If you really want to choose the 'right' agency, visit them. Get to know them in person and evaluate them on past work and present staff. See if they actually have experience in serious heart surgery or facelifts. See if they're excited and passionate about their work and can prove real successes. Talk to current and past clients. Shortlist the ones you really want to work with. Then if you still REALLY need to ask them how they would approach your business or branding strategy, pay them for that, at their rate; don't ask for the Mercedes and offer a little gas money. Don't expect 300 hours worth of work if you're only willing to pay for 10. And respect their intellectual property. Companies are hungry for work, and it's likely they will basically (and sadly) humiliate themselves and degrade their own value just to win your work - if this is the only way to it. Collaboration is a two-way street.
One sobering real-world RFP experience for you - and it wasn't the only time this happened in my 20 years of professional experience.
I recently connected with a former Director of Marketing I know, who once worked for a major city-funded, economic development organization. We'd pitched them on a re-branding strategy once upon a time, and we did a lot of research and creative for the pitch because it was a requirement to participation. It was a big project, so we bit. It was either go all in or don't go at all. Winning it would have meant expanding staff and growing our reputation. We put in three to four full weeks of preparation, probably $40,000 to $50,000 in real unbillable, billable time went into the response. We had to pay staff and take some of them off of other work that could have been making us money or building non-RFP opportunities for the agency. We thought we had a chance, we believed in ourselves, so we went for it. We pitched hard to their team and partners, perhaps 10 people in all in the room that day. We were grilled, we were glared at, over two uncomfortable, judgemental hours. We brought all of our experts to answer their questions, most weren't asked any. More unbillable time. We lost on points, arbitrarily, as points systems always are.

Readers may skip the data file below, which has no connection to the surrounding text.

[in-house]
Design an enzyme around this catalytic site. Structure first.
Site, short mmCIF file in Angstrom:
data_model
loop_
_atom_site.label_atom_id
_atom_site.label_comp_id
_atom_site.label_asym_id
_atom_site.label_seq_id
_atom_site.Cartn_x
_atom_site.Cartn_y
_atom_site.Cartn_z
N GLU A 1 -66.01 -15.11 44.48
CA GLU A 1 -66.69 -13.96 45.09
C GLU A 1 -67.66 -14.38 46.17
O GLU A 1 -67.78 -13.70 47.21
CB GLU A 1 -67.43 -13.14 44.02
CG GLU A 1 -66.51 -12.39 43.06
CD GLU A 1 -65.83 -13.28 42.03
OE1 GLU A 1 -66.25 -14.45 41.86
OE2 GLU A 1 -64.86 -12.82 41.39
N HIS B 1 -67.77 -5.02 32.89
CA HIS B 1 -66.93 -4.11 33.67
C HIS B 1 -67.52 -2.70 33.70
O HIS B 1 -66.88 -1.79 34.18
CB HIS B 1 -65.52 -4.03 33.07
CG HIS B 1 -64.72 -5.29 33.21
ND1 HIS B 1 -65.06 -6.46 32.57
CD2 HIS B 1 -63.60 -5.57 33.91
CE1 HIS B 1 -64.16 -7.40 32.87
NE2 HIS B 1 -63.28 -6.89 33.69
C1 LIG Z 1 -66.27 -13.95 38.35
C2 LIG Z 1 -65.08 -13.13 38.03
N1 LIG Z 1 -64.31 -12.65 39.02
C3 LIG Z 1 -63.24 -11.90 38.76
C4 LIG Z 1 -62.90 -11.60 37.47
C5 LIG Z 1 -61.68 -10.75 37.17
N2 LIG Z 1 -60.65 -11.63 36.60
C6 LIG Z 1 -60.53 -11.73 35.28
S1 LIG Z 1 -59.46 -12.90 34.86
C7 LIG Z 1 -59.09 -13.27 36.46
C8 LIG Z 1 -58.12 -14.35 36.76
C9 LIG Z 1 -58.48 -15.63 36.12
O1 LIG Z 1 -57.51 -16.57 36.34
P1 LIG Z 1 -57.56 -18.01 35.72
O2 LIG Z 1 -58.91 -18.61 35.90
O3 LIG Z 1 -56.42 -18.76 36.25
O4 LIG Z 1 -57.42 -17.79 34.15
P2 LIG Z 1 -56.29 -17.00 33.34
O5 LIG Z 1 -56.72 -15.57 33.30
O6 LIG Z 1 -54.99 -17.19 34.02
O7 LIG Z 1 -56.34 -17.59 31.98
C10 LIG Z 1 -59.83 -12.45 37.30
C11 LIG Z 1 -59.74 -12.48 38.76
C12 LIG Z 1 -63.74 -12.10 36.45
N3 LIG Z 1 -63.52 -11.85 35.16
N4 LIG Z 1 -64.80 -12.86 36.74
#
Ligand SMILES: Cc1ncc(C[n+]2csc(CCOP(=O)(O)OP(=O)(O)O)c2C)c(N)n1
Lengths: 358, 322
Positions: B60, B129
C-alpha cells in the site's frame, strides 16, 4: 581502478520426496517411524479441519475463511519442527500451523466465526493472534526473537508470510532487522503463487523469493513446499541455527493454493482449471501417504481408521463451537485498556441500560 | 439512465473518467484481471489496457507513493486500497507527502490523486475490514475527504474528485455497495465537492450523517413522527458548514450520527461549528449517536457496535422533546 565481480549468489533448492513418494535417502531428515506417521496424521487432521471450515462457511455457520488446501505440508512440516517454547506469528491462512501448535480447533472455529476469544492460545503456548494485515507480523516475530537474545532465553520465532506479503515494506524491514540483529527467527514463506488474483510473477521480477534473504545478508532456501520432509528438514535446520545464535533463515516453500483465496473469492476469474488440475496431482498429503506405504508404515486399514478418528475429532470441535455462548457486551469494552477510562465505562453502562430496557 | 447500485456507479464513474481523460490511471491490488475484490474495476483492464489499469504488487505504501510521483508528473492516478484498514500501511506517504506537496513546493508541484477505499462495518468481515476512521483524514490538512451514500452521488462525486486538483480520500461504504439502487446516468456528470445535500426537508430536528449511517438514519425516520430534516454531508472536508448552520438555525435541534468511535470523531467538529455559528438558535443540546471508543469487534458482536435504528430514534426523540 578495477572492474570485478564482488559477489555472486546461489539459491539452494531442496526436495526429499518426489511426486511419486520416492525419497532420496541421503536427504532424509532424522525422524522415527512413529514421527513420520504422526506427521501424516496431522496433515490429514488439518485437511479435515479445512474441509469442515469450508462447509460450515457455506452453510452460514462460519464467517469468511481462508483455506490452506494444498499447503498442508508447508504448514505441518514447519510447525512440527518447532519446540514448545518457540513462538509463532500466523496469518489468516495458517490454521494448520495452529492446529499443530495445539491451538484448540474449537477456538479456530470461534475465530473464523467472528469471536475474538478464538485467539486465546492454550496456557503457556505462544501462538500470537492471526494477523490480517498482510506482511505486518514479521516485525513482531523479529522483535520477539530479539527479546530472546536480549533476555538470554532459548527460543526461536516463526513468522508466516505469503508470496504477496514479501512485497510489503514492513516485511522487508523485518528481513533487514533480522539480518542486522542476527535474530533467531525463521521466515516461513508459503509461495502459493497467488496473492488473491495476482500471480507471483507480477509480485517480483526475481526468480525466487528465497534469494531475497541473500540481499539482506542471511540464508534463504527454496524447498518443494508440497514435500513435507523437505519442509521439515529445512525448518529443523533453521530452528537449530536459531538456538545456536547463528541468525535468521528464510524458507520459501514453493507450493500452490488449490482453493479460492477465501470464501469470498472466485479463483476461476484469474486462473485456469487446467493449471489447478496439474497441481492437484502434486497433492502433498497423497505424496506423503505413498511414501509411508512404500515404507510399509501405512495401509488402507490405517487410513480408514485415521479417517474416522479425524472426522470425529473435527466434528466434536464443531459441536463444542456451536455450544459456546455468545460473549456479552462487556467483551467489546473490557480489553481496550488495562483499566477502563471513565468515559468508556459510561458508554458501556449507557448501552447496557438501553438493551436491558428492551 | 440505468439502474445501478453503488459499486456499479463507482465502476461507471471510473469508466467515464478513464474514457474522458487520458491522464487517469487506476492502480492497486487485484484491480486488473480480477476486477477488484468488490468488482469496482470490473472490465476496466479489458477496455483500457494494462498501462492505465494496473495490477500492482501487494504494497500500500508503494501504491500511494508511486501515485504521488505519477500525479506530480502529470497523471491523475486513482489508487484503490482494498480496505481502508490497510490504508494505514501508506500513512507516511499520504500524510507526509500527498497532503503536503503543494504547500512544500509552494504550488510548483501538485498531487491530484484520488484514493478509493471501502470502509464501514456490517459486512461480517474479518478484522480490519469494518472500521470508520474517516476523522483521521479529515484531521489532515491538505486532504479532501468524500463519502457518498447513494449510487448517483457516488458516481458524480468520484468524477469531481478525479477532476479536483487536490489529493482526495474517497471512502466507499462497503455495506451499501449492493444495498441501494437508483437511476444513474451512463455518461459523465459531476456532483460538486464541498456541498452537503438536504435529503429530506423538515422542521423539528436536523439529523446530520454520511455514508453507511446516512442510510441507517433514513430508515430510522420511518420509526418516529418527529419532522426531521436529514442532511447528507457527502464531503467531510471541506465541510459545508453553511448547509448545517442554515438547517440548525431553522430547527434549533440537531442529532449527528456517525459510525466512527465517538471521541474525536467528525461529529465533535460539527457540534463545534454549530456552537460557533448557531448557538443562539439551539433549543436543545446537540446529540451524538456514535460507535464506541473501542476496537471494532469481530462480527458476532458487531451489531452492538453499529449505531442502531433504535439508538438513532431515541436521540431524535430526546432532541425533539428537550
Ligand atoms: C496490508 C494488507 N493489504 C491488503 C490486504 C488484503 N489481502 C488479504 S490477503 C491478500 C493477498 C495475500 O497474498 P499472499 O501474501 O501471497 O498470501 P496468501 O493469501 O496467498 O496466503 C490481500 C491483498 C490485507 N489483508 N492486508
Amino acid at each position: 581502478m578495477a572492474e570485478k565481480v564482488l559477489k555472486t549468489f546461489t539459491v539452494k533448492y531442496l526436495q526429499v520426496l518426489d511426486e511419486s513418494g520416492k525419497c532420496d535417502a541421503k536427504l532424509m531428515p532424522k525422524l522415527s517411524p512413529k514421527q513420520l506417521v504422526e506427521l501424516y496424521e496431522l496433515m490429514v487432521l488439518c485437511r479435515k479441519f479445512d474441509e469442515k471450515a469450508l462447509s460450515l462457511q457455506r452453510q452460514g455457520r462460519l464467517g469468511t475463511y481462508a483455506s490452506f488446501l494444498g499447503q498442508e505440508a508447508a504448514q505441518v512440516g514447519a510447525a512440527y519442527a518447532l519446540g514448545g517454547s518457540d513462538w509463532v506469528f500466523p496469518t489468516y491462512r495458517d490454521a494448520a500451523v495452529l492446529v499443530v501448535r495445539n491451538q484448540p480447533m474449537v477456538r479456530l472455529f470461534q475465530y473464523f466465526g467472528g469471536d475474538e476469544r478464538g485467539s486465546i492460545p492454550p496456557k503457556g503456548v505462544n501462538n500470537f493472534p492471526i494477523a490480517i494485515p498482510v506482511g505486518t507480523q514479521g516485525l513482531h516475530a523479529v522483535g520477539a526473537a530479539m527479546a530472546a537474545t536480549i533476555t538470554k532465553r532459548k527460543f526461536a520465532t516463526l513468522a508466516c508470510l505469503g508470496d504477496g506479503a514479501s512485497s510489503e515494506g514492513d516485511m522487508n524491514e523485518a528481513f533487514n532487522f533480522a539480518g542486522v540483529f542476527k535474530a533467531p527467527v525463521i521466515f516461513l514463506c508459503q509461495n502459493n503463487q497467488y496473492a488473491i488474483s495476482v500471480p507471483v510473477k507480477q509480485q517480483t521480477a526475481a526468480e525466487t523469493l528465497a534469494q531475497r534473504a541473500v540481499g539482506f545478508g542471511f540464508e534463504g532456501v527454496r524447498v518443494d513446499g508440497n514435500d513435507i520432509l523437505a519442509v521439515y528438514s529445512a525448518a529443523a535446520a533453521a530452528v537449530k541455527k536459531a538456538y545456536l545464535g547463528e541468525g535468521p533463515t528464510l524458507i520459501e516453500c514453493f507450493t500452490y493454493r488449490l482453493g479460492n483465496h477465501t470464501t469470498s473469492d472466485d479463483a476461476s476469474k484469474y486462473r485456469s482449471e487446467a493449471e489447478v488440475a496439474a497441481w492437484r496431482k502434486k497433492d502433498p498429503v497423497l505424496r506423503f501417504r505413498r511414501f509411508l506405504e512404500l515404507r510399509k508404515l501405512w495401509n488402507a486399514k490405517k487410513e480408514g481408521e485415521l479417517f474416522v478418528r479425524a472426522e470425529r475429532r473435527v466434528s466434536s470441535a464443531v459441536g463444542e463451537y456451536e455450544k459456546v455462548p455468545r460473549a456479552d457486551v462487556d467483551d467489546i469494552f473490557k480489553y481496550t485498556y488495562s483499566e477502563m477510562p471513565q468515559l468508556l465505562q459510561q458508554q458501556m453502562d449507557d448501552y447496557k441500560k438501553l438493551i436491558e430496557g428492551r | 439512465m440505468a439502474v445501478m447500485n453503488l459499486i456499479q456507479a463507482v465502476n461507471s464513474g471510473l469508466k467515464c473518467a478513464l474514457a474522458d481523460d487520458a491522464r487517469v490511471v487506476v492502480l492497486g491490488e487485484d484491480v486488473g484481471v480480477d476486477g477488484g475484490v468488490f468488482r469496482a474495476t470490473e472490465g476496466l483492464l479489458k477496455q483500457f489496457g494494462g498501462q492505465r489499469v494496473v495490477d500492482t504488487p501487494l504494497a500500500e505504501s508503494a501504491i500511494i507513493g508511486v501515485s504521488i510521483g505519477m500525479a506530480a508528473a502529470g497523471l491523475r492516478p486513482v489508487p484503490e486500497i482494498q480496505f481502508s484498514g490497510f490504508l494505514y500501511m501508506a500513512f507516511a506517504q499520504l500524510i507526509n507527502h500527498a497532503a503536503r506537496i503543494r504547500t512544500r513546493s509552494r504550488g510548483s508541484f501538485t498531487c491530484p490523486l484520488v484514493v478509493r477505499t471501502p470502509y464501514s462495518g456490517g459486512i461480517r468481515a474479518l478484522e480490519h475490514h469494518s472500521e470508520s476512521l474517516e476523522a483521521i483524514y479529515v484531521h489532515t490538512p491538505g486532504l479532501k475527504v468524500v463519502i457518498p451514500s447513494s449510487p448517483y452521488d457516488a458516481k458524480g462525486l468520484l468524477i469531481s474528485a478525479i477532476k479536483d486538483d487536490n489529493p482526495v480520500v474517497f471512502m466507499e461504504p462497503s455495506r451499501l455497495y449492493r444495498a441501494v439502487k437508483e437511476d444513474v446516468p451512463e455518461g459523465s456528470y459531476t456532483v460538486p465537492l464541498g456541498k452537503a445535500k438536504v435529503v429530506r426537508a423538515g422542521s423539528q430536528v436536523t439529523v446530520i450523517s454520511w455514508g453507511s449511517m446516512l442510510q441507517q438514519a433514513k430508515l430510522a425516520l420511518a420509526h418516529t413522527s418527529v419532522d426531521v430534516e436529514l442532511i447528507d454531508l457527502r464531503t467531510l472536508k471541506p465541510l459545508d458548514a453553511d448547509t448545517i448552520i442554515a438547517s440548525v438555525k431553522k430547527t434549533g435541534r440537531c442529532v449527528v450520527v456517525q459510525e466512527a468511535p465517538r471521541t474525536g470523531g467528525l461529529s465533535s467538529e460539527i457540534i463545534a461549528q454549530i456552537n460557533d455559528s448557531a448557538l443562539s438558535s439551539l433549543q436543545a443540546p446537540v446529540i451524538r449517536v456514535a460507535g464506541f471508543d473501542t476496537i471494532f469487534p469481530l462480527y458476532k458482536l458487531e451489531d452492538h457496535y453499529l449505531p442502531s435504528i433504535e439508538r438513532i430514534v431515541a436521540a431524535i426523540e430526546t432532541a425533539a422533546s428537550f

The former Director of Marketing I connected with later was one of the ones in the room on pitch day. She sat right next to me. The day following, someone else we didn't know let us know all of our hard work was for nothing. If you don't win, you lose. We moved on as you have to. A couple of years later, I'm again sitting across a table from this former Director of Marketing, discussing another project that would never come. Just the two of us this time. Out of nowhere, she starts telling me, "confidentially", and I can hardly believe the words she's saying: "I just want you to know something; I thought yours was the best proposal that day, hands down. It was all political. Others wanted someone else to get it. And they did." Wow. - And, by the way, the agency who won, the one some decision-makers in the room wanted to win, also turned out to be the most expensive. Imagine that. So much for sharpening your pencil. I could hardly believe what I was hearing. But I was also not very surprised. How can any company grow when those issuing an RFP already don't care about your valuable time and already know who they want to give it to? What good is an RFP process if this is almost always true, corrupted from the start? What good is it at all for anyone? So, before you think you have a 25%, or 10%, or 5% chance, or whatever chance you're giving yourself, assume the chance is less than zero that you will win. Then consider all of the time you need to take to build a decent response. Therein lies the answer: If you can, don't answer RFPs. If you have to, be very, very, very selective; assume the game is rigged already, which it is, and this will further sober up your decision making. RFPs tell you everything you need to know about that potential client who asks for spec strategy, creative or "your best ideas". For free heart surgery and facelifts. People talk a lot about the importance of collaboration from the agency side. Clients sure talk about it. Collaboration matters, people say, fair (lowest) pricing matters, and you'd better be willing to do it. We reserve the right to choose the lowest price bidder (unless it's our buddy, of course), cut you out because of nepotism, and borrow from your response as we see fit. LinkedIn is full of articles written for agencies or creatives, asking them to be more collaborative with clients, to work harder, to jump through more flaming hoops, to compete, because it will help them land that next big thing; and, if not, it will "sharpen them up" for the next opportunity. You only lost because there were 'better' proposals after all. Right? Collaboration should never mean you bend over backwards and break your company, give your precious experience, skills or methods away for free, or discount your prices like some cheap mattress store. Collaboration by definition isn't a one-way street. I sometimes laugh to myself when I see such articles asking agencies to give more, to do more, and to expect less, or nothing at all. What 20 years of experience has taught me is that there are clients out there who will value your work, your time, and your talents. They will pay for quality and results, and reward you for the same. And those are the ones with whom you can actually build a lasting, and profitable, company, brimming with great work, in true collaboration. And they will likely never ask you to respond to an RFP, either.